Which ensemble would be better suited to inaugurate the Berlioz year 2019 - the brilliant Frenchman died 150 years ago at the age of 66 - than Les Siècles, today the historically oriented French orchestra par excellence? Founded 16 years ago by the conductor François-Xavier Roth, the orchestra is proud of its complete collection of historical instruments, which allow it to reproduce compositions exactly in their original sound dress. This is also done by one or the other competing ensemble, but owe to the treasure of original instruments for all of its musicians not as consistently as by Les Siècles. Especially striking is the special sound of historical instruments in the orchestra the further the journey goes back to the past. But also, compositions of the nineteenth and even of the twentieth century profit from the orchestral sound through original instruments. A special case is Hector Berlioz, who specifically used the sound reservoir of the instruments of his time to create the unbelievable timbres that characterize his sometimes sheer-mad compositions. Les Siècles impressively demonstrated the enormous richness of timbres that an orchestra can achieve through the use of original instruments already in the case of Berlioz's compositions in the recording of the Fantastique Symphony of the Frenchman, published in 2012. The fundamentally slender Berlioz sound forms the basis for an orgy of timbres not heard before Berlioz, with almost iridescent effects, which even today after colored sound carpets woven by Rimski-Korsakov and Richard Straus are well known surprises and amazes when specialists such as Les Siècles are active based on proper historical instruments.
Harold en Italie, a program symphony with viola obligato, are performed by Les Siècles under François-Xavier Roth with the original instrument line-up for the first time on the Berlioz anniversary album. Originally conceived as a virtuoso concerto for Nicolo Paganini, the devil's violinist categorically rejected his participation in the premiere of Harold for lack of a virtuoso orientation of the tone picture. And indeed, the solo instrument does not play the "first violin" here. Rather, the viola plays the role of the commentator for Lord Byron's poem set in tones, which deals with the idyllic, partly wild landscape of Abruzzo and the danger travelers were exposed to there at the time, including a veritable, wildly composed attack by muggers in the best Berlioz style. This starkly composed part of Harald competes in its fierceness with the last movement of the Fantastique, while the ingeniously painted landscape painting comes closest to the idyllic third movement of the Fantastique. Tabea Zimmermann comments on the events in Harald with the rather cool distance of the historian mirroring with her viola the slender orchestral sound and and playing extremely elegant and, where necessary, with virtuoso impetus. Compared to the not that much competing recordings of Harald en Italie, the recording with Les Siècles, Tabea Zimmermann and François-Xavier Roth is interpretatively, technically and due to the seductively colorfast sound of the orchestra one, if not the best.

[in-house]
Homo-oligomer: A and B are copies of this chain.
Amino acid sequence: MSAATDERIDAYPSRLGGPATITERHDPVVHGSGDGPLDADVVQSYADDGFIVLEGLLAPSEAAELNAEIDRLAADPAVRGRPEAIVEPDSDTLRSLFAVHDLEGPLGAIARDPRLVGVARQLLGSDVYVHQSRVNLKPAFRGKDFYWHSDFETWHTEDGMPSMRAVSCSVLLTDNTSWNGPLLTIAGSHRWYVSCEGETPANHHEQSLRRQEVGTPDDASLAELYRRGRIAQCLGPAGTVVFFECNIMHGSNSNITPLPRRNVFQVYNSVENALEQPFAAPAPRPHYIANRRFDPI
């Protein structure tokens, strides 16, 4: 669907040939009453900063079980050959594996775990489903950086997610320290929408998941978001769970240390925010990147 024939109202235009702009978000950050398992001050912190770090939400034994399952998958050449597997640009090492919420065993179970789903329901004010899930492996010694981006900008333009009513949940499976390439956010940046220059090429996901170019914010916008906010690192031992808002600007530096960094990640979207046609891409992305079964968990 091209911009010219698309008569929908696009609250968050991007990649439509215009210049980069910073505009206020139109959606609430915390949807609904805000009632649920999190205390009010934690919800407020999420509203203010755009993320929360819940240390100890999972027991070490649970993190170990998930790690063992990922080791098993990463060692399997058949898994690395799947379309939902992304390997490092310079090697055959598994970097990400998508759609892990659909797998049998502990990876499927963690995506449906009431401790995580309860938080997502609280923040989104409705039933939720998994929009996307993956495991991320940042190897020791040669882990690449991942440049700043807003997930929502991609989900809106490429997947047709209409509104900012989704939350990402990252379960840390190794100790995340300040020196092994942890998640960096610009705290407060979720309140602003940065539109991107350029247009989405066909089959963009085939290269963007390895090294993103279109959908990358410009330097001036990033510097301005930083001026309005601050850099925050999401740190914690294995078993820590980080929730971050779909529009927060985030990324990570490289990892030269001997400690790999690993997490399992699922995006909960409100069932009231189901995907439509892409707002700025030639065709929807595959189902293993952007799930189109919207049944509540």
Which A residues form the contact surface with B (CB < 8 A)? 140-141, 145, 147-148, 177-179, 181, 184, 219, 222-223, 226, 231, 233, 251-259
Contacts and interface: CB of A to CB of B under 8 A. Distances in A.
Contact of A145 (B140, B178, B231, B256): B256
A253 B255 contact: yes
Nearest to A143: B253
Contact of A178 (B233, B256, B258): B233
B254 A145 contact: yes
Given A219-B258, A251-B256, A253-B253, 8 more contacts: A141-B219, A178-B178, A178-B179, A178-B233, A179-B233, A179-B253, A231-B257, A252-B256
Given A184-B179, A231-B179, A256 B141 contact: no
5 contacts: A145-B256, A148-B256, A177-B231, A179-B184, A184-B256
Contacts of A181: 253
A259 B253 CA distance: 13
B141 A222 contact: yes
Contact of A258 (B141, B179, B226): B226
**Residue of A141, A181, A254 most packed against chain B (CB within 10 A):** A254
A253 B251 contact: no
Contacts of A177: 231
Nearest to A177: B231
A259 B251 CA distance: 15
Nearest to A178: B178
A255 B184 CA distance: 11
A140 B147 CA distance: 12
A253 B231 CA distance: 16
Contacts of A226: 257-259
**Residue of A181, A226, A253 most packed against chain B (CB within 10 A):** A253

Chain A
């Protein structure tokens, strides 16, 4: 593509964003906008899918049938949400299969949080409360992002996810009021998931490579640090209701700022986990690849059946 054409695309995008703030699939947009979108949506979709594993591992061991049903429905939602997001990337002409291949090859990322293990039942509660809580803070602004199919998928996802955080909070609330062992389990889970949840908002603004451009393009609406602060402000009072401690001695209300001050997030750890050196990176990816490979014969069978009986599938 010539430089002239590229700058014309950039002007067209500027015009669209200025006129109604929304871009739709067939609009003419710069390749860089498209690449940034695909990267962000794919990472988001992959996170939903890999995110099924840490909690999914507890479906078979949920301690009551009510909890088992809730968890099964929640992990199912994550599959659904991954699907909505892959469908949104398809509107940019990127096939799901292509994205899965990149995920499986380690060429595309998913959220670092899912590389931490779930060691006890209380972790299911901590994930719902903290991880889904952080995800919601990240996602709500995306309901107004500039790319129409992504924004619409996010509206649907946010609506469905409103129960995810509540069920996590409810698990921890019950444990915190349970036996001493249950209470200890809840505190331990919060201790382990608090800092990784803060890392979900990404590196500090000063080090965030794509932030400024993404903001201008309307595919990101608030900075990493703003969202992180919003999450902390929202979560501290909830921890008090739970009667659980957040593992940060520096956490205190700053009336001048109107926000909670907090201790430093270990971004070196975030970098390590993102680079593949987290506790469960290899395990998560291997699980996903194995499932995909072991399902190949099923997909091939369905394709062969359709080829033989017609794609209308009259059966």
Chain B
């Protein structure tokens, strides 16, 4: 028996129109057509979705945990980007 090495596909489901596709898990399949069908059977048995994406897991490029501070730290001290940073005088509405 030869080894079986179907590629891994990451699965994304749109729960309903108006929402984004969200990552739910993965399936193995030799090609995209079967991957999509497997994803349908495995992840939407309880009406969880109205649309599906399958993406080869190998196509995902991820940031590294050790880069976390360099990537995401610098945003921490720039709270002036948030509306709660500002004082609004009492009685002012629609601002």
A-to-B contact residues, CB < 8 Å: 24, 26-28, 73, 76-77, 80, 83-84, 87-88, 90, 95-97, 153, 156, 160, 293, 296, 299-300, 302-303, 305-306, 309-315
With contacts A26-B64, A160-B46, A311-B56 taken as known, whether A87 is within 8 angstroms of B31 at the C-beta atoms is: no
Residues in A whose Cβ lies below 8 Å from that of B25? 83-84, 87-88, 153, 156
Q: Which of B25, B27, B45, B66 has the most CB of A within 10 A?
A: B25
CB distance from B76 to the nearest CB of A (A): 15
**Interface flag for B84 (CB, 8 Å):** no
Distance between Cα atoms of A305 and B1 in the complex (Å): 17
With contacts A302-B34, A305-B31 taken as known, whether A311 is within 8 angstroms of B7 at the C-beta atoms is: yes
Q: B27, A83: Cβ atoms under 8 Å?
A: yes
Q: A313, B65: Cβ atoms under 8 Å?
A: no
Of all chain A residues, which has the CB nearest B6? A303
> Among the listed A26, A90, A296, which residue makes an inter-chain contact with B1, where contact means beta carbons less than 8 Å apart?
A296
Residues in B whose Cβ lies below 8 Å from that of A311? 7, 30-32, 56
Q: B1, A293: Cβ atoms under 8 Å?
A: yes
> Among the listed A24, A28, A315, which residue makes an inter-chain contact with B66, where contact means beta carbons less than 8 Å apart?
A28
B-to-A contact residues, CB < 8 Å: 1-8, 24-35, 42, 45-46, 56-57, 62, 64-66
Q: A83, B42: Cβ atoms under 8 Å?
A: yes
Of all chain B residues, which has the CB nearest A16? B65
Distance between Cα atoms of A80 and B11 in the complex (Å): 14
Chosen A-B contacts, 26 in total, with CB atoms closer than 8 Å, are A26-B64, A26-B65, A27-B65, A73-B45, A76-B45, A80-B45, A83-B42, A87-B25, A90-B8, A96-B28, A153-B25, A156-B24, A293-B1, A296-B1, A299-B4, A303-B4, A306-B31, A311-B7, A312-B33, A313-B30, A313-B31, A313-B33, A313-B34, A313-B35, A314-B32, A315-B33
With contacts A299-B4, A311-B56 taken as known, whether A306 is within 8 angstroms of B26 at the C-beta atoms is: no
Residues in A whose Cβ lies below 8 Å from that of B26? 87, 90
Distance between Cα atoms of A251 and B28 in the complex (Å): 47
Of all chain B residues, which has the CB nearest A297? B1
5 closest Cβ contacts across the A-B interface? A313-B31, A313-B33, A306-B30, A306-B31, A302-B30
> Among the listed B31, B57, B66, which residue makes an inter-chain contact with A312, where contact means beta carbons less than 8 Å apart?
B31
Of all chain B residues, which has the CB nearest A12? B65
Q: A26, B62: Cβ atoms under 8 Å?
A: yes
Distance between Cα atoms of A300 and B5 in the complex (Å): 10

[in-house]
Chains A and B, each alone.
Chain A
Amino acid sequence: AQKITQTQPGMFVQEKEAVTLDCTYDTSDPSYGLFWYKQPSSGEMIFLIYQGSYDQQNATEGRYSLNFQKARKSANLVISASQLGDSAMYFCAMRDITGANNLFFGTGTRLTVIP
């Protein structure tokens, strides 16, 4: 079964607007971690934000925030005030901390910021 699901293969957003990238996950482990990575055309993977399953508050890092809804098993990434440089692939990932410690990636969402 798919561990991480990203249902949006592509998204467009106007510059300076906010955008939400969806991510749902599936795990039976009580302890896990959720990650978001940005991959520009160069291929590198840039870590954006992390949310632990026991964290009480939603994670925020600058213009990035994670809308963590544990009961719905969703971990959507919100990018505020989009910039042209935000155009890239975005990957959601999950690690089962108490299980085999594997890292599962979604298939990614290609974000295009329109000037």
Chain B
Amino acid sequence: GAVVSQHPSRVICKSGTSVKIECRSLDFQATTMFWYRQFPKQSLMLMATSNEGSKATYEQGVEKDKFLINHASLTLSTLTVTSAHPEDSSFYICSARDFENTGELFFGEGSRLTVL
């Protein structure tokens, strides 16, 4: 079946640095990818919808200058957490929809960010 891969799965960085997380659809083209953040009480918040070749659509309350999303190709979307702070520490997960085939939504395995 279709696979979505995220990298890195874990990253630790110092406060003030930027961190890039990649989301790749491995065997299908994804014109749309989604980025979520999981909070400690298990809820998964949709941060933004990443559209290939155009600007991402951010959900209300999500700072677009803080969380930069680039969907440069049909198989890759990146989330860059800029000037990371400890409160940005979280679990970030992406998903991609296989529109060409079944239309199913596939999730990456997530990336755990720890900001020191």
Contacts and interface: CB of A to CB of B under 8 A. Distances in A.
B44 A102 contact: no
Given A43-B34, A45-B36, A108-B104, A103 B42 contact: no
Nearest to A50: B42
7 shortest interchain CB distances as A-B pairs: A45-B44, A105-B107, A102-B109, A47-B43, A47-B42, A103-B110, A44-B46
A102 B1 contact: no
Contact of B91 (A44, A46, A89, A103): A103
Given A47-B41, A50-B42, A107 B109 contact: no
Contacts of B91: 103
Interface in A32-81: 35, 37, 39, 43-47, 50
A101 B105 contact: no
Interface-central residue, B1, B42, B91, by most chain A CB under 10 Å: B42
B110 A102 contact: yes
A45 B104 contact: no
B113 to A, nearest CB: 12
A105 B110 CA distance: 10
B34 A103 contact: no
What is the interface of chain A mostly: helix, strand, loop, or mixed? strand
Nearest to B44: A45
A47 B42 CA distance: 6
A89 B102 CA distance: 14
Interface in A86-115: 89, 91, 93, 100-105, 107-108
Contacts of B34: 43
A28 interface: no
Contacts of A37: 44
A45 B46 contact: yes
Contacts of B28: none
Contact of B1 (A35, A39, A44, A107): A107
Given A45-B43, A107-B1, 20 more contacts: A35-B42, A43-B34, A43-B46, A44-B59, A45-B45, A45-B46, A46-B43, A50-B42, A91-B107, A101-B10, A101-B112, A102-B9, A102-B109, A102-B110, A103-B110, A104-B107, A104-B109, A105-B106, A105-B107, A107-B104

The dreamlike beautiful, soul-touching vocal cycle Les Nuits d'Été is usually performed with a soprano or a mezzo, but was originally not conceived in this way. Rather, the original provides for a baritone at least for some of the songs. Together with Les Siècles, Théophile Gautier takes on the vocal role on the current Berlioz album throughout. His is a brightly timbred baritone, which fits in perfectly with the bright sound of the orchestra, appearing to have been made for the role of soloist in Les Nuits d'Été.
All in all, this Berlioz album contains one of the finest ever recorded compositions of this French sound magician. There is no better way to open the Berlioz year 2019.
Stephane Degout, baritone
Tabea Zimmermann, viola
Francois-Xavier Roth, conductor